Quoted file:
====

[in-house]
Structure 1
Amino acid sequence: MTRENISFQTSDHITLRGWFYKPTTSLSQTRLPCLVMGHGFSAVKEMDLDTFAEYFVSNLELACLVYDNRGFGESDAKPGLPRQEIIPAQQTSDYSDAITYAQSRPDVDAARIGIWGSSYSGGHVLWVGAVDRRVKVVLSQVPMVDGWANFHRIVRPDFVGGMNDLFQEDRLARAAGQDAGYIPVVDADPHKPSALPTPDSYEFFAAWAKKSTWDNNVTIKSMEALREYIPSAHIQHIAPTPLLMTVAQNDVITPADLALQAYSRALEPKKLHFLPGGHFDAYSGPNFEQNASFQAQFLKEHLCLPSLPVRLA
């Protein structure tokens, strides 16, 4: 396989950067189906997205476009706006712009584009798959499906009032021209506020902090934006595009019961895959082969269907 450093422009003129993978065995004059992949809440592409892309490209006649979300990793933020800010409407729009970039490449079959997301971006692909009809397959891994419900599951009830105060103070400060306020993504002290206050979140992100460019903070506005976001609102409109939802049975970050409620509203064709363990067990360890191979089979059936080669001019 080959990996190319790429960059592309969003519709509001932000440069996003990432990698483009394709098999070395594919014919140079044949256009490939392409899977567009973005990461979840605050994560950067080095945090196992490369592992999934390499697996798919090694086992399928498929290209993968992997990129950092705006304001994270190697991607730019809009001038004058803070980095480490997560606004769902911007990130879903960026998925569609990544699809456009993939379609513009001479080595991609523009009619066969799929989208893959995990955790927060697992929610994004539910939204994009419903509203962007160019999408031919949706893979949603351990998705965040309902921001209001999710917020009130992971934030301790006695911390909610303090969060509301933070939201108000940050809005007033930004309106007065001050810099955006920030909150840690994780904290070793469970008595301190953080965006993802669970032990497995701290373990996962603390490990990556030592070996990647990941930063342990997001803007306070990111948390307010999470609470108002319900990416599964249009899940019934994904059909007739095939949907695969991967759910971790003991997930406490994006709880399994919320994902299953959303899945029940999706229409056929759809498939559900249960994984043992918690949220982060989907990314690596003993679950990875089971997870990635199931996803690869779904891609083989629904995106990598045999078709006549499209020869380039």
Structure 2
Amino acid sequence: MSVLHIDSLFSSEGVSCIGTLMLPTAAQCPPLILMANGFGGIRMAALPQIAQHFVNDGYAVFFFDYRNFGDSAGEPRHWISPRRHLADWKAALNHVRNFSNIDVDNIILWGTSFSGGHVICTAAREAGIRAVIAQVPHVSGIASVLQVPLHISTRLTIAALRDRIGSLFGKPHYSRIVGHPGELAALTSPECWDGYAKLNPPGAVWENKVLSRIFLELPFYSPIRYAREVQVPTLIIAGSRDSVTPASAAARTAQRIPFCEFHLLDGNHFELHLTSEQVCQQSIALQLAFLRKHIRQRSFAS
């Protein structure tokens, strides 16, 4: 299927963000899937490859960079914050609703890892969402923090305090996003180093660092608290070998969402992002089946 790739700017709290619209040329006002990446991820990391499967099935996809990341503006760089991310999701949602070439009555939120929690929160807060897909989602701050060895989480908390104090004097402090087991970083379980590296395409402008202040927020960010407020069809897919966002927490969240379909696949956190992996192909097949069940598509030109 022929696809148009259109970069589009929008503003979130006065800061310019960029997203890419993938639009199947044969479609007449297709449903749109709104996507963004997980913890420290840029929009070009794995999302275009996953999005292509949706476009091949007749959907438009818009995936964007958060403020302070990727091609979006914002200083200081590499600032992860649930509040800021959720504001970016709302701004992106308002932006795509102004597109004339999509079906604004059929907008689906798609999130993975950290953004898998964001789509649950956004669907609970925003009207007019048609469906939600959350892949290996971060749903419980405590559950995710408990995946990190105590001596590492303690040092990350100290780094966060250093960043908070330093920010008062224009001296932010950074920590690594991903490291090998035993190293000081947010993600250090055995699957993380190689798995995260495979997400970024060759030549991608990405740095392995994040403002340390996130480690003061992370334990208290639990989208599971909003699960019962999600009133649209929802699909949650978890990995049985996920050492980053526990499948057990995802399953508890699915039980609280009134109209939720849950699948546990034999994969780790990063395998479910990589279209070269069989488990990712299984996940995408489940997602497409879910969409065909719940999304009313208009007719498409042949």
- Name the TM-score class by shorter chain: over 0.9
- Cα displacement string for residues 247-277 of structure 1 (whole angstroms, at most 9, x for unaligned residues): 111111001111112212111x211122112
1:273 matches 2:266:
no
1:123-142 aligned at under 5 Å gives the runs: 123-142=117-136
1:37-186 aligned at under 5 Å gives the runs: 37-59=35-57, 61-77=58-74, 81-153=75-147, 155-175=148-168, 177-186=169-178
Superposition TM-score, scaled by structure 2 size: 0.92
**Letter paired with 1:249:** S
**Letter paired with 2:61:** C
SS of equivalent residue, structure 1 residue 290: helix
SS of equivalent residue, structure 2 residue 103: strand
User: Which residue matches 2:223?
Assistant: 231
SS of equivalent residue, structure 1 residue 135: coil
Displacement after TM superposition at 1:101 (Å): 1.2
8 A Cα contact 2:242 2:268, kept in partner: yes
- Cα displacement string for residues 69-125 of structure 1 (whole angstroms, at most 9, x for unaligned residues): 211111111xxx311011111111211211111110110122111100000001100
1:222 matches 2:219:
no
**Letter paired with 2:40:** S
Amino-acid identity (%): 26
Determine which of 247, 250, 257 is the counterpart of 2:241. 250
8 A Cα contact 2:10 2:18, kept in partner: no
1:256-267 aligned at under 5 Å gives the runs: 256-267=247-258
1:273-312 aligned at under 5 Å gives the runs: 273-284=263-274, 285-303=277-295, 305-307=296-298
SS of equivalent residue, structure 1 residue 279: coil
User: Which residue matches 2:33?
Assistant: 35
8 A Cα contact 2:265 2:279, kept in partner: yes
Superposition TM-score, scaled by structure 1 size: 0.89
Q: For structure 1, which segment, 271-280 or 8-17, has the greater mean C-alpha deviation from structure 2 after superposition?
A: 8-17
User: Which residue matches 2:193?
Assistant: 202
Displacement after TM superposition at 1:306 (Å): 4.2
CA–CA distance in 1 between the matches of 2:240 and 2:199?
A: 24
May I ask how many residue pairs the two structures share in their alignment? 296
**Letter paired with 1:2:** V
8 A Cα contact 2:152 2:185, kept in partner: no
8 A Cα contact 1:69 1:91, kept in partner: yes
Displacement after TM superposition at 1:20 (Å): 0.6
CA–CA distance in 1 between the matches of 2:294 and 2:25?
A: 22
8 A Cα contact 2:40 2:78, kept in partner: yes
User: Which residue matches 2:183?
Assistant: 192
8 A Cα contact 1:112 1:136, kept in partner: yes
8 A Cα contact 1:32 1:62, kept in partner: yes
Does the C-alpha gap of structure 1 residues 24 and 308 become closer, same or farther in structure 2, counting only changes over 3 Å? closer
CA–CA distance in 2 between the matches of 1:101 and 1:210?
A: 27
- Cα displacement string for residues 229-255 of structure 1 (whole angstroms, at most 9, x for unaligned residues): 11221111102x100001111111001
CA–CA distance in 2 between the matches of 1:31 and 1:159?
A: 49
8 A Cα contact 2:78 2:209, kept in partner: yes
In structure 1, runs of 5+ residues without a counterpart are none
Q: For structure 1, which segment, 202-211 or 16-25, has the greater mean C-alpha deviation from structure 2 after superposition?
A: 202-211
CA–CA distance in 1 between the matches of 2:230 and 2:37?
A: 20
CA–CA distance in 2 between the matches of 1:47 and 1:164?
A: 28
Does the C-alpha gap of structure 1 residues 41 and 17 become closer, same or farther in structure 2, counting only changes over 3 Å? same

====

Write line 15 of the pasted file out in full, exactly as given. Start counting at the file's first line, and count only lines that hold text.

**Letter paired with 1:249:** S